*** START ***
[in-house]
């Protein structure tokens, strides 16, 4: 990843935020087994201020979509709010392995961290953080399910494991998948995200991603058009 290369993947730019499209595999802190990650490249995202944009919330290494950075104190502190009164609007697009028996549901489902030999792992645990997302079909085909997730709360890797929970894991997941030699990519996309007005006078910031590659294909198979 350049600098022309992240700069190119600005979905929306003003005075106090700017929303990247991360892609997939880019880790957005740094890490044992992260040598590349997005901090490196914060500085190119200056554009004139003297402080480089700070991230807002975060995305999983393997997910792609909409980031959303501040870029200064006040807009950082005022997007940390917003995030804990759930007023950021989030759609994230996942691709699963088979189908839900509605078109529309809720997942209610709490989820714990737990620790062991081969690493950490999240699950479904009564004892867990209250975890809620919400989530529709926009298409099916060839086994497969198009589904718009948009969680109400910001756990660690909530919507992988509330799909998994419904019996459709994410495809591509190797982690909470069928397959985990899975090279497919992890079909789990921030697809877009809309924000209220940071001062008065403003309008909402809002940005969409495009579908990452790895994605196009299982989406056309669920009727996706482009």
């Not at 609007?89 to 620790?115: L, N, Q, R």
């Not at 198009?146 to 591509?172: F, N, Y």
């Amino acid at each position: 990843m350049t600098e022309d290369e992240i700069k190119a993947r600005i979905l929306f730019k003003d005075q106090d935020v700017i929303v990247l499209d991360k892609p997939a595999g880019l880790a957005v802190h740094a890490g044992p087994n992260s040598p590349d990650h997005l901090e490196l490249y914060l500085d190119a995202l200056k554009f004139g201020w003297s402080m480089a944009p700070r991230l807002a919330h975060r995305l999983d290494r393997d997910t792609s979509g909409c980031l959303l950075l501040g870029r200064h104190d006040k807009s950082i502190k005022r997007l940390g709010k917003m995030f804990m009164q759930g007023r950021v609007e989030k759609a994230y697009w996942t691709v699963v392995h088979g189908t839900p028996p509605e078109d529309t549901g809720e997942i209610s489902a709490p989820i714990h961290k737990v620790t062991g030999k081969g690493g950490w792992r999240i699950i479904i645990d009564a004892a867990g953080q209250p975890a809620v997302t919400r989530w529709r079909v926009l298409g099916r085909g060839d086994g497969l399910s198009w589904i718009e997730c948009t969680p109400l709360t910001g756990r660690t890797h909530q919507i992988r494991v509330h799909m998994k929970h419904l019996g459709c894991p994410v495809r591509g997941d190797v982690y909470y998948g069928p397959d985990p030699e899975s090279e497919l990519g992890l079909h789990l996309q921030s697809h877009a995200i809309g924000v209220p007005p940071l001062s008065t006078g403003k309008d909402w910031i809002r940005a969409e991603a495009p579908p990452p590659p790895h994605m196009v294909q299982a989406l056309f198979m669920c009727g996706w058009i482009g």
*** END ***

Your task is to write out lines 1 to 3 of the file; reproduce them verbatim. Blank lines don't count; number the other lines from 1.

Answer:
[in-house]
């Protein structure tokens, strides 16, 4: 990843935020087994201020979509709010392995961290953080399910494991998948995200991603058009 290369993947730019499209595999802190990650490249995202944009919330290494950075104190502190009164609007697009028996549901489902030999792992645990997302079909085909997730709360890797929970894991997941030699990519996309007005006078910031590659294909198979 350049600098022309992240700069190119600005979905929306003003005075106090700017929303990247991360892609997939880019880790957005740094890490044992992260040598590349997005901090490196914060500085190119200056554009004139003297402080480089700070991230807002975060995305999983393997997910792609909409980031959303501040870029200064006040807009950082005022997007940390917003995030804990759930007023950021989030759609994230996942691709699963088979189908839900509605078109529309809720997942209610709490989820714990737990620790062991081969690493950490999240699950479904009564004892867990209250975890809620919400989530529709926009298409099916060839086994497969198009589904718009948009969680109400910001756990660690909530919507992988509330799909998994419904019996459709994410495809591509190797982690909470069928397959985990899975090279497919992890079909789990921030697809877009809309924000209220940071001062008065403003309008909402809002940005969409495009579908990452790895994605196009299982989406056309669920009727996706482009």
């Not at 609007?89 to 620790?115: L, N, Q, R």